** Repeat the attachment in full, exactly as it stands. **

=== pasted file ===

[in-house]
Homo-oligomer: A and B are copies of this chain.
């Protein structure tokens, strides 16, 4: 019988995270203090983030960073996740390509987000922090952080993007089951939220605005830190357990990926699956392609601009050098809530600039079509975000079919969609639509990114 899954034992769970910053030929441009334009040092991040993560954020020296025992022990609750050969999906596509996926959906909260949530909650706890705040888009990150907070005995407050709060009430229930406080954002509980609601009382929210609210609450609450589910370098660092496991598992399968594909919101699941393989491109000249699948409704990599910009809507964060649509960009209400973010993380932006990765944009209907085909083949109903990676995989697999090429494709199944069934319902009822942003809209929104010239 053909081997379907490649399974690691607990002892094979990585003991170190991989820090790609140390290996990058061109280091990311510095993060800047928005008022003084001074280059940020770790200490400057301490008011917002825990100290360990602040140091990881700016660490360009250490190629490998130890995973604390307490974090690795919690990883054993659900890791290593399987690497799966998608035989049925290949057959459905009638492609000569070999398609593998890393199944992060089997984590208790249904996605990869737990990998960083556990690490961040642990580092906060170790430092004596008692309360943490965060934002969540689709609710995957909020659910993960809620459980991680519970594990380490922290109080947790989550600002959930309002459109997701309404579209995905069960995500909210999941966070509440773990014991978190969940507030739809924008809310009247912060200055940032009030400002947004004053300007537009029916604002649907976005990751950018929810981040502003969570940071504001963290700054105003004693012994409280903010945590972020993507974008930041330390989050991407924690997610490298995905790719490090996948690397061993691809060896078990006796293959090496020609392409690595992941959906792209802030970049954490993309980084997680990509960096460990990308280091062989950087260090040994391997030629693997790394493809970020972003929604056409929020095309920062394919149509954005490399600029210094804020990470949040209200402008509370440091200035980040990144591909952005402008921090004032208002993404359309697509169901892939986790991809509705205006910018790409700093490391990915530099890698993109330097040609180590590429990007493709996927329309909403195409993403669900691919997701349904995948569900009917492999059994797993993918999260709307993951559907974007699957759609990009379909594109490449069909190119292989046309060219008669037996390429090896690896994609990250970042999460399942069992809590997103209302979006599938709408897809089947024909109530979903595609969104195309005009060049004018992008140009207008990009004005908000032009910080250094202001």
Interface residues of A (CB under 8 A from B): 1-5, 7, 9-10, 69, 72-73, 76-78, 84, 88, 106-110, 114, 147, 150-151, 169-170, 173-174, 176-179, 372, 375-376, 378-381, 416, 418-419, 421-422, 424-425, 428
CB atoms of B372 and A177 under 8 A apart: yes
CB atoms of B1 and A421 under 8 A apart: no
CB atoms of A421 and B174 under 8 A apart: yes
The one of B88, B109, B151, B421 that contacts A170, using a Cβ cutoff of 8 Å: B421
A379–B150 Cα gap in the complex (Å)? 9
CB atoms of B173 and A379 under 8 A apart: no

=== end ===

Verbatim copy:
[in-house]
Homo-oligomer: A and B are copies of this chain.
């Protein structure tokens, strides 16, 4: 019988995270203090983030960073996740390509987000922090952080993007089951939220605005830190357990990926699956392609601009050098809530600039079509975000079919969609639509990114 899954034992769970910053030929441009334009040092991040993560954020020296025992022990609750050969999906596509996926959906909260949530909650706890705040888009990150907070005995407050709060009430229930406080954002509980609601009382929210609210609450609450589910370098660092496991598992399968594909919101699941393989491109000249699948409704990599910009809507964060649509960009209400973010993380932006990765944009209907085909083949109903990676995989697999090429494709199944069934319902009822942003809209929104010239 053909081997379907490649399974690691607990002892094979990585003991170190991989820090790609140390290996990058061109280091990311510095993060800047928005008022003084001074280059940020770790200490400057301490008011917002825990100290360990602040140091990881700016660490360009250490190629490998130890995973604390307490974090690795919690990883054993659900890791290593399987690497799966998608035989049925290949057959459905009638492609000569070999398609593998890393199944992060089997984590208790249904996605990869737990990998960083556990690490961040642990580092906060170790430092004596008692309360943490965060934002969540689709609710995957909020659910993960809620459980991680519970594990380490922290109080947790989550600002959930309002459109997701309404579209995905069960995500909210999941966070509440773990014991978190969940507030739809924008809310009247912060200055940032009030400002947004004053300007537009029916604002649907976005990751950018929810981040502003969570940071504001963290700054105003004693012994409280903010945590972020993507974008930041330390989050991407924690997610490298995905790719490090996948690397061993691809060896078990006796293959090496020609392409690595992941959906792209802030970049954490993309980084997680990509960096460990990308280091062989950087260090040994391997030629693997790394493809970020972003929604056409929020095309920062394919149509954005490399600029210094804020990470949040209200402008509370440091200035980040990144591909952005402008921090004032208002993404359309697509169901892939986790991809509705205006910018790409700093490391990915530099890698993109330097040609180590590429990007493709996927329309909403195409993403669900691919997701349904995948569900009917492999059994797993993918999260709307993951559907974007699957759609990009379909594109490449069909190119292989046309060219008669037996390429090896690896994609990250970042999460399942069992809590997103209302979006599938709408897809089947024909109530979903595609969104195309005009060049004018992008140009207008990009004005908000032009910080250094202001």
Interface residues of A (CB under 8 A from B): 1-5, 7, 9-10, 69, 72-73, 76-78, 84, 88, 106-110, 114, 147, 150-151, 169-170, 173-174, 176-179, 372, 375-376, 378-381, 416, 418-419, 421-422, 424-425, 428
CB atoms of B372 and A177 under 8 A apart: yes
CB atoms of B1 and A421 under 8 A apart: no
CB atoms of A421 and B174 under 8 A apart: yes
The one of B88, B109, B151, B421 that contacts A170, using a Cβ cutoff of 8 Å: B421
A379–B150 Cα gap in the complex (Å)? 9
CB atoms of B173 and A379 under 8 A apart: no